New Delhi: Colleagues of Paul A. Laudicina, managing officer and chairman of consultant AT Kearney Inc., describe him as a futurist. On a recent visit to India, Laudicina spoke in an interview about the dominant trends and their likely impact. Edited excerpts:
After years of ‘great moderation’, the last few years have been volatile. If you juxtapose volatility with the speed at which things are changing, how do you see the world of business evolving?
First, volatility is a steady state. Two phenomena: globalization, on one hand, creating integration and the rapid movement of people, goods, capital and ideas, and technology, on the other, making that movement almost costless, was going to drive the speed, velocity and amplitude of change as far as the eye can see. So, this is progressing geometrically and our ability to understand it chugs behind linearly. Business in that context is breathlessly trying to catch up with a world that seems continuously out of balance. Therefore, what I see happening is businesses trying to understand how they must change their planning protocols and risk management capabilities to be able to identify opportunities, denominate risks and manage them appropriately so that they can grow.
The other issue is complexity. One hears business leaders say if you look back around 25 years, leaders understood the process involved, how something is made. Now, increasingly. there is a disconnect between what happens and the decision taken at the top.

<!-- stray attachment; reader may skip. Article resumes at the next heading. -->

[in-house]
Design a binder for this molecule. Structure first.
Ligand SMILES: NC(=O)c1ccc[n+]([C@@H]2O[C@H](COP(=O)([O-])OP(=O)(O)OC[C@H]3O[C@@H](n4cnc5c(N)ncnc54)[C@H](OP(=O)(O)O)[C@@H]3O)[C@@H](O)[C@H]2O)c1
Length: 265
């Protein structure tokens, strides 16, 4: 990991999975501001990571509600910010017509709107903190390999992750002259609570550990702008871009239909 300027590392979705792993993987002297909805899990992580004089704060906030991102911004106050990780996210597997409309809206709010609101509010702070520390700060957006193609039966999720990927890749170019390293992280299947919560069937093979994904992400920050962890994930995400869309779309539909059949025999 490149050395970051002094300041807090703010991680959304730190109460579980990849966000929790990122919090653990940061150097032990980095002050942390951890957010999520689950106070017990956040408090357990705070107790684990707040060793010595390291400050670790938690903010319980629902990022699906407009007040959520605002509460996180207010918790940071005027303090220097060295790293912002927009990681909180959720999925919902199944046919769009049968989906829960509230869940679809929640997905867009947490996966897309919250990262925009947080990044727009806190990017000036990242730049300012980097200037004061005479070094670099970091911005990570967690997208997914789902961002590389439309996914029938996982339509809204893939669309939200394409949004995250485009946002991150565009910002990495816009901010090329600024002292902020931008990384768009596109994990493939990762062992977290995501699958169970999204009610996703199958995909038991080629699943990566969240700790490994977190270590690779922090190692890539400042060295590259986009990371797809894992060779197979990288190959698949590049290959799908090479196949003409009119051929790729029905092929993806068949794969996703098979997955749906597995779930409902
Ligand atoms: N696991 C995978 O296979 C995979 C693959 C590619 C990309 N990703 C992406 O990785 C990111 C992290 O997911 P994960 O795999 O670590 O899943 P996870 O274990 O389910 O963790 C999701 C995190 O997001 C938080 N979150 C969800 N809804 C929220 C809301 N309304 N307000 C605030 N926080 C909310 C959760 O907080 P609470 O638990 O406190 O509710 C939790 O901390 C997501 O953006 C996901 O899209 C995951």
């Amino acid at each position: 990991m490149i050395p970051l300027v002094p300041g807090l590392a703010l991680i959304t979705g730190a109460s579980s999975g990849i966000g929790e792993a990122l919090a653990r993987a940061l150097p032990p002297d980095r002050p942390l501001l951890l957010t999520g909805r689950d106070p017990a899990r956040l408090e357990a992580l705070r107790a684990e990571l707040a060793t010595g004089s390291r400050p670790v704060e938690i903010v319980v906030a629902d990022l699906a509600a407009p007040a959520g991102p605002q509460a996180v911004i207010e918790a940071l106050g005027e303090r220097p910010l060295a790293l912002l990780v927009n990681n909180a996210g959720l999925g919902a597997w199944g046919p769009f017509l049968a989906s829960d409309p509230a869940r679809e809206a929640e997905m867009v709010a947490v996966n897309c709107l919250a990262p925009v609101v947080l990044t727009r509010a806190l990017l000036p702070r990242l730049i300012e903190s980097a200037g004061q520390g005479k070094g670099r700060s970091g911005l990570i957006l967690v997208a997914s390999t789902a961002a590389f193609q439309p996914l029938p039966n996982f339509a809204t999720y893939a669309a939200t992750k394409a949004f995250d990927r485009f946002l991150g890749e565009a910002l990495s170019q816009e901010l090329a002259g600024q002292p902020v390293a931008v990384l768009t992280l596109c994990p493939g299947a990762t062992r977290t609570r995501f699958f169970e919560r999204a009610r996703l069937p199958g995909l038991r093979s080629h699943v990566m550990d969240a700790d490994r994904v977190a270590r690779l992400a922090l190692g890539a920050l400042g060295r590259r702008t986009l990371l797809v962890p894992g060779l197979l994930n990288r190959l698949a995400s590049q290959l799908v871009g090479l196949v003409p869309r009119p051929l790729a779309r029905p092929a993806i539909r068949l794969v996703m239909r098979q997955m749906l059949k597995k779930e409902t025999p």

There is nothing that diminishes value more than complexity. Complexity essentially makes it very difficult for business decision-making and effective execution. Leaders of all stripe need to strip away some of the complexity that has developed over time and understand the basics of what constitutes success. Among other things, we see a trend of all businesses now engaged in the process of trying to reduce complexity in their organization to make their organization substantially more manageable. Complexity reduction becomes imperative in an era of increasing volumes of information and rapidly moving trends, which are characterized not just by complexity, but also paradox. The same things that seem to bring the world together and create integration also create a sense of push back and centripetal force at work. Paradox and complexity are two very important words that characterize current business and, therefore, the clarity with which one can powerfully imagine and rigorously assess the forces shaping the future will determine who successfully is able to manage the present.
Move this to the political process. Post 2008, there’s been a need to coordinate economic policy actions. Yet, countries have domestic compulsions. How does the need to reduce complexity square off?
You have put your finger on the Achilles tendon of global economic performance. Governments must create an enabling environment for business in order for business to succeed. Businesses must be able to generate robust, sustainable growth to create (the) tax revenue government needs in order to be able to deliver on the needs of its constituents. So there is a clear connect between the quality of government policy and quality of business performance that has been ruptured over the course of the last few years with the dislocation of global economics and, more importantly, with the disruption of the bonds of trust between the public and private sector, between lender and borrower, between employer and employee, and that trust needs to be recreated.